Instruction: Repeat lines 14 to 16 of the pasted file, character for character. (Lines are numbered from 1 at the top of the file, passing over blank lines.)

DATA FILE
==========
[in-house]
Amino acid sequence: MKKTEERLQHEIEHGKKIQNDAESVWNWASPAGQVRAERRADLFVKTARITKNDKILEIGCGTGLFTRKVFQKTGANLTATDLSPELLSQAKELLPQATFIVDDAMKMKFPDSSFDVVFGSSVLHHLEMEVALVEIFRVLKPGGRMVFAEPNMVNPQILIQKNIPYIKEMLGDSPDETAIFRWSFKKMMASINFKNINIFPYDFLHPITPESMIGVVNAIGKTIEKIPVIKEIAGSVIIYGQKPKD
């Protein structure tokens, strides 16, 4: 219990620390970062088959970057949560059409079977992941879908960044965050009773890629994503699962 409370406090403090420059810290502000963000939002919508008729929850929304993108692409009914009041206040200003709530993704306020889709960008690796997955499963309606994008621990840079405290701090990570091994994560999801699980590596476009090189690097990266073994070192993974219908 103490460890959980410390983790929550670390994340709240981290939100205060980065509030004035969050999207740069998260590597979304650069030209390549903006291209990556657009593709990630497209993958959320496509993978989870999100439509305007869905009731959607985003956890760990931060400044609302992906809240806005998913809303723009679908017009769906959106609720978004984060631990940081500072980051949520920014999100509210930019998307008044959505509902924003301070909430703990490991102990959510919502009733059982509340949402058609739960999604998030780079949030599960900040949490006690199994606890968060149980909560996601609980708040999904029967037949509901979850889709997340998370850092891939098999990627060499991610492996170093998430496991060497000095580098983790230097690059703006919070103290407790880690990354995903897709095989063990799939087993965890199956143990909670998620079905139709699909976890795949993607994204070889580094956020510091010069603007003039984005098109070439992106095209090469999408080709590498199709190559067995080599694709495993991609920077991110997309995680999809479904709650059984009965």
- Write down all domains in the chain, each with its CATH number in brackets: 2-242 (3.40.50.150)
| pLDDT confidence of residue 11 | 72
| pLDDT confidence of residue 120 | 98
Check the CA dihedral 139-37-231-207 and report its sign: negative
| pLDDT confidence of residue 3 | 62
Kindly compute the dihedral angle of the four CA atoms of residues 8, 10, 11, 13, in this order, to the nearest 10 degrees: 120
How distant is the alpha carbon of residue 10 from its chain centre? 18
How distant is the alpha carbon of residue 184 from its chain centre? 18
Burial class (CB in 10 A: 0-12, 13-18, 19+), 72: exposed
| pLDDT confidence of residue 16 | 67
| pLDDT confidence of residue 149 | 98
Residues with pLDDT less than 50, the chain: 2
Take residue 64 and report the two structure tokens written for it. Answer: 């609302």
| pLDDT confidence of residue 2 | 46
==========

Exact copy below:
| pLDDT confidence of residue 149 | 98
Residues with pLDDT less than 50, the chain: 2
Take residue 64 and report the two structure tokens written for it. Answer: 């609302």